Why states in general are resistant to the promotion of human rights agenda? Universal Declaration of Human Rights were created in 1940s to re-affirm human agency. Before that the Westphalian system, where the state is the central authority in the public affairs, became the norm. In effect human agency is subject to the interest of the state.
Human rights instruments were created after the devastating World War II. It was aimed to restore agency and give individuals the juridical resources to stand up when the state ordered them do wrong. This is a turning point because before that only states had rights in international law. Human Rights according to Ignatieff (2000) also re-affirms European tradition on the importance of the individual. With the Universal Declaration of Human Rights, individuals received international legal recognition. Individuals are able to challenge unfair state law or oppressive customary practice as their rights are enshrined in the Declaration.
Given the above, in practice, the adoption and implementation of human rights principles by the states have been inconsistent across the board. The states in general regard human rights as a direct challenge to their sovereignty. It is considered a threat to their sovereignty because in principle it is a liberation of the individual from the state’s control and also in practice in many countries human rights agenda are pushed through by the non-state actors such as NGOs and other international actors.
Therefore if states are to adopt and ratify human rights instruments it is normally driven by the tangible benefits such as foreign aid, trade and investment or intangible motive like praise, acceptance and legitimacy. However as Nielsen and Simmons (2015) found in their empirical study that there is almost no evidence that states can expect increased tangible or intangible rewards after ratification of human rights treaties. This presents a puzzle. Why should sovereign states agree to subject an internal issue to international scrutiny?
The United Nations Commission on Human Rights (UNCHR) has been used as a forum where governments are publicly named and ashamed others for abusing their citizens. Through this forum governments hold each other accountable to their promises and are ‘forced’ to live up to their commitments through ‘social conformity’, peer pressure mechanism and that states want to keep their good reputation in such forum. (Lebovic & Voeten, 2006).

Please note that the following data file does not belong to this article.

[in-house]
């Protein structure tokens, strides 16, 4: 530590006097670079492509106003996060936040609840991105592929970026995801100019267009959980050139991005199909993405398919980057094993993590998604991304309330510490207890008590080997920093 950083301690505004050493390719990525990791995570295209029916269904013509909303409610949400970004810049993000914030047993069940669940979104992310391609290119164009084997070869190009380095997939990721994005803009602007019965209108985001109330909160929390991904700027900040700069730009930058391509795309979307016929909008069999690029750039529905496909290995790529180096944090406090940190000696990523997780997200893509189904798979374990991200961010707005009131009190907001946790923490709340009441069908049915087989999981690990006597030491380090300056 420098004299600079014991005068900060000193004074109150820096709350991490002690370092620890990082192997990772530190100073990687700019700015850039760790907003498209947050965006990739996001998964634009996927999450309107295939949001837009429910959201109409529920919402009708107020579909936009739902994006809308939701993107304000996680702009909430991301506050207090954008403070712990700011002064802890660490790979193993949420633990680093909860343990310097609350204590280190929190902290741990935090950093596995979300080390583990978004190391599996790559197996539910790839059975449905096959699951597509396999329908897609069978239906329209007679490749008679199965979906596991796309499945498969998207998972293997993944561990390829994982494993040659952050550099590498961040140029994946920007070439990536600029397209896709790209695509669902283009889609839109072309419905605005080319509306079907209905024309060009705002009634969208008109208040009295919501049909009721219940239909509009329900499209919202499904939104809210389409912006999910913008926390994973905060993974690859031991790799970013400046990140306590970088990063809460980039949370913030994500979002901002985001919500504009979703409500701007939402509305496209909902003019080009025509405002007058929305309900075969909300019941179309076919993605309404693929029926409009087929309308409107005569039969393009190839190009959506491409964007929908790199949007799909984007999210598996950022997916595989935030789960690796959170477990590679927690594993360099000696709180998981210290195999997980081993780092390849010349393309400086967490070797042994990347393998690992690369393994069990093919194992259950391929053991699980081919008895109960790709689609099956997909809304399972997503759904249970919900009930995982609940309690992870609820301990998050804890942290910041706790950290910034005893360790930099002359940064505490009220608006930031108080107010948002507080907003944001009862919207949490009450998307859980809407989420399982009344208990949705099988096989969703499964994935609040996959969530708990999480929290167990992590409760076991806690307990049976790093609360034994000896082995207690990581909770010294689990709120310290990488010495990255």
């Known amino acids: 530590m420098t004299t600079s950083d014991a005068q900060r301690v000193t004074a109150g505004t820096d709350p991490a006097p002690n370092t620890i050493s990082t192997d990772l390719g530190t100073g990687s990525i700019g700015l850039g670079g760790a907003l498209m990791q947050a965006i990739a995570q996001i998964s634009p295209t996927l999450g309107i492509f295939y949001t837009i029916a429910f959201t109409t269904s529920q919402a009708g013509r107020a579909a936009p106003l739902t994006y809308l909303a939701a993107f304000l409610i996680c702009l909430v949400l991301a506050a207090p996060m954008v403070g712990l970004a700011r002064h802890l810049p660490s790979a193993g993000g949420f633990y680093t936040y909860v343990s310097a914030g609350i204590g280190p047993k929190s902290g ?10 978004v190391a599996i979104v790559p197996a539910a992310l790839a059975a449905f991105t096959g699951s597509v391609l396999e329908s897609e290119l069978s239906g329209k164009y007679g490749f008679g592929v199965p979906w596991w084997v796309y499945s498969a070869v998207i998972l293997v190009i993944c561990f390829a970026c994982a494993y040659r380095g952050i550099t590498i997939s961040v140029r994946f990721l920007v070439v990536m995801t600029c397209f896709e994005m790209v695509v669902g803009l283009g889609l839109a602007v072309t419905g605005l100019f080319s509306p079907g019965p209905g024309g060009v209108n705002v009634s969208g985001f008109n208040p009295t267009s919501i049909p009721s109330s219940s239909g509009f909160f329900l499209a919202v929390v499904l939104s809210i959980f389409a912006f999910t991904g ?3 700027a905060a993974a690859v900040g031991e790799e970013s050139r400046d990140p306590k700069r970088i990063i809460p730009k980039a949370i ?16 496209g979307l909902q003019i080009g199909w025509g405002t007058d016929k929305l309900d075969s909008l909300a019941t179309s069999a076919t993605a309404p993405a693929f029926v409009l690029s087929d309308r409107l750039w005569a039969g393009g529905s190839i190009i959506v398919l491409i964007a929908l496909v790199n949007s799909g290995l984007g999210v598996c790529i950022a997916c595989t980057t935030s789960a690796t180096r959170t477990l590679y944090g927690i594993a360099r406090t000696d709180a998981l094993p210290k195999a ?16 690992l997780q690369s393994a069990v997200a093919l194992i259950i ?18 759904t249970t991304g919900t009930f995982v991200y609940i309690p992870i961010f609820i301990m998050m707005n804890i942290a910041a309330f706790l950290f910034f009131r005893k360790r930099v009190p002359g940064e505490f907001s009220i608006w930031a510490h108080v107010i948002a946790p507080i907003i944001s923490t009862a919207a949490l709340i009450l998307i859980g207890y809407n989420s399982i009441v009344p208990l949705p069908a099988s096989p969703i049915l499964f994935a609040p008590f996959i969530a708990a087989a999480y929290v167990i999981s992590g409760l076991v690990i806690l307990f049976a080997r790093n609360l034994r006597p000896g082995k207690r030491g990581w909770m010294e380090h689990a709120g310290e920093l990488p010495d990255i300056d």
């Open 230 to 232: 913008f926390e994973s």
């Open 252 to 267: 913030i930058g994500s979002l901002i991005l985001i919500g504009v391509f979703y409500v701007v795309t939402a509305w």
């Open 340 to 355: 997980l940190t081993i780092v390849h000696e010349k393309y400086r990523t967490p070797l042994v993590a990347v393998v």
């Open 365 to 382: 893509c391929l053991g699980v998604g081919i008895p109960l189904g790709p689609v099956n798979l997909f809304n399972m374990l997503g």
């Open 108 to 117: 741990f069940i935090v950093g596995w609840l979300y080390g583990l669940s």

Apart from UNCHR, many human rights based NGOs such as Amnesty International and Human Rights Watch have employed ‘information politics’ to set human rights agenda at international level. Given the constraint funding resources (they don’t receive funding from governments) these human rights watchdogs have strategically used media and selected cases to gain public attention in the North thus able to influence human rights discourse through various international forums, bilateral trade and investment between the states in the North and repressive states (Ron et al., 2005).
Apart from that, the fact is that human rights is also largely political. This can be observed in ‘American exceptionalism’ – death penalty and watering down of International Criminal Court (ICC) decisions. Human rights campaign can also become very selective depending on the interest of audience in the Northern states. The concept of human rights as ‘universal’ has also been challenged by other concept such as ‘Asian values’ where the position of community represented by the state is much higher than the individual. This contradiction of concepts and values are better reflected in the ASEAN human rights declaration, which for many analysts can be seen as a compromised result between universalism and relativism of human rights. In short the contradictions between the human agency and the state sovereignty, Western values versus Asian values will not be resolved anytime soon.